For Issam Kourbaj, home means many things. It is the womb, skin, or clothes as much as it is a tent, a house, or a nation. A safe vessel for consciousness to make the passage through life. Like exiles and émigrés everywhere, Kourbaj has had to redefine ‘home’ for himself whenever he has felt the old definitions shift. Home, in one conventional sense, is Cambridge, where, since 1990, Kourbaj has lived, practised, and raised a family. Home is also Syria: Suweida, where he was born, and Damascus, where he painted the city gates across the Barada river. Like millions of migrants, Kourbaj is always away from home, even when he is at home – there is always another place of belonging. In Kourbaj’s case, this other home – the first home – is lost behind the shroud of war. While he works in the studio behind his Cambridge home, Kourbaj makes the journey back to Syria, daily, with his hands.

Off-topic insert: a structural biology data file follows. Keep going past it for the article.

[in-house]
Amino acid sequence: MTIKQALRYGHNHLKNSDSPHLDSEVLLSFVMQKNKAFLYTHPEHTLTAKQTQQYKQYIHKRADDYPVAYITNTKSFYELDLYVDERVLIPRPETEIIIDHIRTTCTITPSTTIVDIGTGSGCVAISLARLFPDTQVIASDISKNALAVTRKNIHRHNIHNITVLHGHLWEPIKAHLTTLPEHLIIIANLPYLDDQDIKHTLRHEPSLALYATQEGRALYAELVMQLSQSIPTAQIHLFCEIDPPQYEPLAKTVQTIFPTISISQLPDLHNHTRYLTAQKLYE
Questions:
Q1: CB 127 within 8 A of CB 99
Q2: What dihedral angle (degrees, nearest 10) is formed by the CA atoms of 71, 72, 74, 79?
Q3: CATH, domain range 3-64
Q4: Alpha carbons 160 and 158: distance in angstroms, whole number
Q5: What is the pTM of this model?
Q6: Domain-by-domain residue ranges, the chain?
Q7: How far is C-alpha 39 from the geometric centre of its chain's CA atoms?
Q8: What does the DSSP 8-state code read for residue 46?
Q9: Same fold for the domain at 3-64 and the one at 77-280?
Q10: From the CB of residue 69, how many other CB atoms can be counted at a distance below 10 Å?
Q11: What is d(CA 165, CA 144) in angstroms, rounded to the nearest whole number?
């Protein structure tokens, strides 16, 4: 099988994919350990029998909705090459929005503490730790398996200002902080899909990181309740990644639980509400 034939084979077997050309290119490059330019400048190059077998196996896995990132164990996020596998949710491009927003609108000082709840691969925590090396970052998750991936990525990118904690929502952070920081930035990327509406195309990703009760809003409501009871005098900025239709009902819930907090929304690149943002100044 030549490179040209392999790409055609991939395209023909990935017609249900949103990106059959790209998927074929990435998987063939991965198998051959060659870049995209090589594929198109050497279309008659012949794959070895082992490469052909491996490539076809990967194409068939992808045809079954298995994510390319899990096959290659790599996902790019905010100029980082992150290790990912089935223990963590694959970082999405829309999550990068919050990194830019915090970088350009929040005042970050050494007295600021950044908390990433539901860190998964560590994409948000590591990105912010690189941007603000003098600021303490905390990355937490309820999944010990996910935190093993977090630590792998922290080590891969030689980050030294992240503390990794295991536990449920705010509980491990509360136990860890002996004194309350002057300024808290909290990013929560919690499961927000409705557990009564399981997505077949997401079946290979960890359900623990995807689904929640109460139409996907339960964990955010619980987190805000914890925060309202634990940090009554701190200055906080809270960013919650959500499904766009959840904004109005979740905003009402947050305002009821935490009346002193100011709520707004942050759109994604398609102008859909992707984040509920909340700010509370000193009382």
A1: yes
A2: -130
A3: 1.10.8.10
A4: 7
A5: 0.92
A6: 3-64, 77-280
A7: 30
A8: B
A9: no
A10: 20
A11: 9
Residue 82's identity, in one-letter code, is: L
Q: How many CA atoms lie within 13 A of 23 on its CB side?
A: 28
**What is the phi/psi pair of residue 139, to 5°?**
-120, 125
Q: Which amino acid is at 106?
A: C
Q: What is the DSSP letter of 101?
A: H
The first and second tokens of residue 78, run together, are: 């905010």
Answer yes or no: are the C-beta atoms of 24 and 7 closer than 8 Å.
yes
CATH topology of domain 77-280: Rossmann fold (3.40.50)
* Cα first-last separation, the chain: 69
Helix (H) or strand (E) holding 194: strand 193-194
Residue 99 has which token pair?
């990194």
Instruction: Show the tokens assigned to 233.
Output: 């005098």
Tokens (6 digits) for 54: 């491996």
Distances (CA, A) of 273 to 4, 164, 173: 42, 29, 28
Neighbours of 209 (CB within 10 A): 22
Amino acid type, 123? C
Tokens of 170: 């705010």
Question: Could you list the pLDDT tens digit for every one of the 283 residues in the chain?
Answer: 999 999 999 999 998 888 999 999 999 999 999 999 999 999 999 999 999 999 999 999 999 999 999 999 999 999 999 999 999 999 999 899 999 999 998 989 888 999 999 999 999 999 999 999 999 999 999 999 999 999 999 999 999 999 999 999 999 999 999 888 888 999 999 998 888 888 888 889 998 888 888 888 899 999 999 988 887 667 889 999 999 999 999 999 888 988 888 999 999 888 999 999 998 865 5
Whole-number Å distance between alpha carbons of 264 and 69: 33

The exhibition at The Heong Gallery assembles works spanning the thirteen years of the ongoing Syrian conflict, responding to the trauma of displacement and migration. It explores the dual loss of exile, the loss of home as well as the loss of self.
A concurrent exhibition of work by Issam Kourbaj is taking place at Kettle’s Yard, University of Cambridge. A new publication will explore the themes and artworks in both exhibitions. ‘You are not you and home is not home’ is curated by Prerona Prasad.